The FO region of ATP synthase is a proton pore that is embedded in the mitochondrial membrane. It consists of three main subunits A, B, and C, and (in humans) six additional subunits, d, e, f, g, F6, and 8 (or A6L).
E. coli ATP synthase is the simplest known form of ATP synthase, with 8 different subunit types.
Sodium Pumps as an Alternative to Proton Pumps
Most bacteria rely on proton motive force as a source of energy for a variety of cellular processes.
Describe the mechanisms of sodium pumps and its role as an alternative proton pump
- The Na+/K+-ATPase helps maintain resting potential, avail transport and regulate cellular volume.
- The pump, while binding ATP, binds 3 intracellular Na+ ions. ATP is hydrolyzed, leading to phosphorylation of the pump at a highly conserved aspartate residue and subsequent release of ADP.
- Some extremophilic bacteria can use Na+ as a coupling ion in an Na+ cycle instead of, or in addition to, the H+ cycle.
- Na+-based membrane energetics provide an additional means of ATP synthesis, motility and solute uptake for pathogenic microbes.
- Because Na+ concentrations in most natural environments are almost 106-fold higher than H+ concentrations, sodium motive force levels are unlikely to change as rapidly as proton motive force levels, making sodium motive force a much more reliable source of energy.
- antiporter: A cell protein that acts within an antiport to transport different molecules or ions across the membrane in opposite directions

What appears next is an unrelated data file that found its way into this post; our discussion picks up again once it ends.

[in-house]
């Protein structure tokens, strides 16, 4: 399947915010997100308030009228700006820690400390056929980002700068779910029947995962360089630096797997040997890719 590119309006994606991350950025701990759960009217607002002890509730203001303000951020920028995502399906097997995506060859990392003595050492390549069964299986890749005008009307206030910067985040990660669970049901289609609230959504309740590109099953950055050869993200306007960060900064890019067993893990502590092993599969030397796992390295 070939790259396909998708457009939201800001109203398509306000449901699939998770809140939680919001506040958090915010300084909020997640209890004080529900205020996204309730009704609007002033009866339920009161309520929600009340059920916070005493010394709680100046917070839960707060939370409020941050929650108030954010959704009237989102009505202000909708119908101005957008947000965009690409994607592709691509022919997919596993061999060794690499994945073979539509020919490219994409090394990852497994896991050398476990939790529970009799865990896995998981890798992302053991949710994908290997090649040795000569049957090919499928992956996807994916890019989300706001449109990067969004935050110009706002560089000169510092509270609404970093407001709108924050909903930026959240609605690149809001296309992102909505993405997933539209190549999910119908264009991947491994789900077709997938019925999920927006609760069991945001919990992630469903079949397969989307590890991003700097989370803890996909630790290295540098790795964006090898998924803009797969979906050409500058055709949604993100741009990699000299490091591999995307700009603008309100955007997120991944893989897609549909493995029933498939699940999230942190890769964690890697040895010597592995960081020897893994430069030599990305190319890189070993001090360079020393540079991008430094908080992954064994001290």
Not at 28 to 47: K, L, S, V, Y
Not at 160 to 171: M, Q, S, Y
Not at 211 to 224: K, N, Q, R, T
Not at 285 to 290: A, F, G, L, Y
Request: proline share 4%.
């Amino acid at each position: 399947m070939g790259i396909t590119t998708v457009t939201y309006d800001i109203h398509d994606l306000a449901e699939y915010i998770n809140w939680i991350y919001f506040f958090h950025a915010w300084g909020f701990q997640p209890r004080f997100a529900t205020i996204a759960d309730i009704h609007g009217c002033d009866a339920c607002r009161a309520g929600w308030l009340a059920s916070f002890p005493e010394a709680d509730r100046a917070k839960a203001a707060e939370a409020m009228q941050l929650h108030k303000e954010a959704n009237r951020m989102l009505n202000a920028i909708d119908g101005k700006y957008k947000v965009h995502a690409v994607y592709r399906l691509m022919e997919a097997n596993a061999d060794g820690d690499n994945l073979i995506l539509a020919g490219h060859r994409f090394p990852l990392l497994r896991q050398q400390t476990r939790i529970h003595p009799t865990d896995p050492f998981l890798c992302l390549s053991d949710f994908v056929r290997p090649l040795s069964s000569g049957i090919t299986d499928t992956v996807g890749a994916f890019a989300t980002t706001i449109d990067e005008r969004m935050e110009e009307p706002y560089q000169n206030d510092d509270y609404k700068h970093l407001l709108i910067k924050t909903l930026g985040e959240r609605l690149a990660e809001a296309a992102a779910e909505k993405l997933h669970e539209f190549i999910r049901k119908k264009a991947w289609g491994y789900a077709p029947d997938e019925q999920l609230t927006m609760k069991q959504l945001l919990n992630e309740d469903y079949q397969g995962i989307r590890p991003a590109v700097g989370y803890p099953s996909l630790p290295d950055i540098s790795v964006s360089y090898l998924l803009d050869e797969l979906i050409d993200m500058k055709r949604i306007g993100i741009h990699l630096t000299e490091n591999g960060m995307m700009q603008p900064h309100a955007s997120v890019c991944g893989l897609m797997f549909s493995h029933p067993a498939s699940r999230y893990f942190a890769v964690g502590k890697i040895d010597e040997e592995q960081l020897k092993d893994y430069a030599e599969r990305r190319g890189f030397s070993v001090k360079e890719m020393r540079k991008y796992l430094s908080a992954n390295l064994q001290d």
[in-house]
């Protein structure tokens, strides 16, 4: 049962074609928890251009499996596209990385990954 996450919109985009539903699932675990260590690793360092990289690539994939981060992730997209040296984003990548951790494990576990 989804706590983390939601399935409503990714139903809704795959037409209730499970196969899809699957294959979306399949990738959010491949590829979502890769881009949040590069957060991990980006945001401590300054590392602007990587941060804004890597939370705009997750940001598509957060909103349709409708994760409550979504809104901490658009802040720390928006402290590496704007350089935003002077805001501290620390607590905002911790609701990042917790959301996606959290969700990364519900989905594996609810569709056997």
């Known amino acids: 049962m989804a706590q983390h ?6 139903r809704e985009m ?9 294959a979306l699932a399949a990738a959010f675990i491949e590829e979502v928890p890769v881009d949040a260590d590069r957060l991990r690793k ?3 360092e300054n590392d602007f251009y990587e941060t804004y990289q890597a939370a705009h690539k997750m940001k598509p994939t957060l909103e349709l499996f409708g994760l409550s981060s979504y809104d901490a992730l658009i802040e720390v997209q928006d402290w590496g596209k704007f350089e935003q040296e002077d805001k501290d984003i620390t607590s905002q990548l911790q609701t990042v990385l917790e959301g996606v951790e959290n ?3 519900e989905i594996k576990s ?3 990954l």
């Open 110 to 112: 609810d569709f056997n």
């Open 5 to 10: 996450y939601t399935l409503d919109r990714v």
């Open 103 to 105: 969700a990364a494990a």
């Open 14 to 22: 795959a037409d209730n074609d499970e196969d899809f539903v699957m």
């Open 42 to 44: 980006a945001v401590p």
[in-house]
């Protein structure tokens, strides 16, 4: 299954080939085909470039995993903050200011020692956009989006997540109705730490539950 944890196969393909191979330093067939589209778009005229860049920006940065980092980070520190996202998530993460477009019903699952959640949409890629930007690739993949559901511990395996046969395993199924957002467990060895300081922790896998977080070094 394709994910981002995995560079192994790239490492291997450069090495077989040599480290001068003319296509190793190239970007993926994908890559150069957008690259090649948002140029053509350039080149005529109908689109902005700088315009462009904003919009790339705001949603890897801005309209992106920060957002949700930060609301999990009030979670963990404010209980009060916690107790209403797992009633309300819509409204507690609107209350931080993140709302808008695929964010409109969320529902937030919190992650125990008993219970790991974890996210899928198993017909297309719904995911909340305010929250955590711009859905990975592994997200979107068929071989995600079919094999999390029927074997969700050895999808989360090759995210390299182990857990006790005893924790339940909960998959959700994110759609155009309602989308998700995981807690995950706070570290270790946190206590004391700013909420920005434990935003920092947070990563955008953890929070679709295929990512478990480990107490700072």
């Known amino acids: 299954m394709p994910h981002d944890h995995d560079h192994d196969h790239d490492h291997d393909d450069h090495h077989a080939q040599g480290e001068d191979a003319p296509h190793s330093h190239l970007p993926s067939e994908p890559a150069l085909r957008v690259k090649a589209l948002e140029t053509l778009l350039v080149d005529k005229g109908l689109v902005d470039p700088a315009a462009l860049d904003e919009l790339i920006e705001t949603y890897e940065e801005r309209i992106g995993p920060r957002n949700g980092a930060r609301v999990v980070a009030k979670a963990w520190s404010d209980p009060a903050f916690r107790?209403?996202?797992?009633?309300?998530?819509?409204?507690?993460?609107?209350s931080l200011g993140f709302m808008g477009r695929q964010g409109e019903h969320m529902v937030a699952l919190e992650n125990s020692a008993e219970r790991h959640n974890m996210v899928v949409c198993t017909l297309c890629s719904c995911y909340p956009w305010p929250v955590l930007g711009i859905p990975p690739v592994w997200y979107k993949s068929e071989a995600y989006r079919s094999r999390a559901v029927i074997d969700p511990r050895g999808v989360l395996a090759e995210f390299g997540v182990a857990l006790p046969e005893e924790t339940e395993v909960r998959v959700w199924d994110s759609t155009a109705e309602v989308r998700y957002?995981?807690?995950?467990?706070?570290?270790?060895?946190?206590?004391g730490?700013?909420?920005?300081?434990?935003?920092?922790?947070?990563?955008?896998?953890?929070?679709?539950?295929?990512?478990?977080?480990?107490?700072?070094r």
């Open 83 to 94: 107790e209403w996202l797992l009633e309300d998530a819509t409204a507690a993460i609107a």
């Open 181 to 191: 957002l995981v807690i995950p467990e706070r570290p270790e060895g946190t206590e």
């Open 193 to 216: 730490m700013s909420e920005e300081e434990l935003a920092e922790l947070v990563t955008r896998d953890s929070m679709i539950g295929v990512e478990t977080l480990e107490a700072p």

- resting potential: The nearly latent membrane potential of inactive cells.
- hydrolyzed: Hydrolysis usually means the cleavage of chemical bonds by the addition of water.
What Are Sodium Pumps?
Na+/K+-ATPase (Sodium-potassium adenosine triphosphatase, also known as Na+/K+ pump, sodium-potassium pump, or sodium pump) is an antiporter enzyme (EC 126.96.36.199) (an electrogenic transmembrane ATPase) located in the plasma membrane of all animal cells.
Active transport is responsible for cells containing relatively high concentrations of potassium ions but low concentrations of sodium ions. The mechanism responsible for this is the sodium-potassium pump, which moves these two ions in opposite directions across the plasma membrane. This was investigated by following the passage of radioactively labeled ions across the plasma membrane of certain cells. It was found that the concentrations of sodium and potassium ions on the two sides of the membrane are interdependent, suggesting that the same carrier transports both ions. It is now known that the carrier is an ATP-ase and that it pumps three sodium ions out of the cell for every two potassium ions pumped in.
Discovery and Significance
The sodium-potassium pump was discovered in the 1950s by Danish scientist Jens Christian Skou. It marked an important step in our understanding of how ions get into and out of cells, and has a particular significance for excitable cells like nervous cells, which depend on this pump for responding to stimuli and transmitting impulses.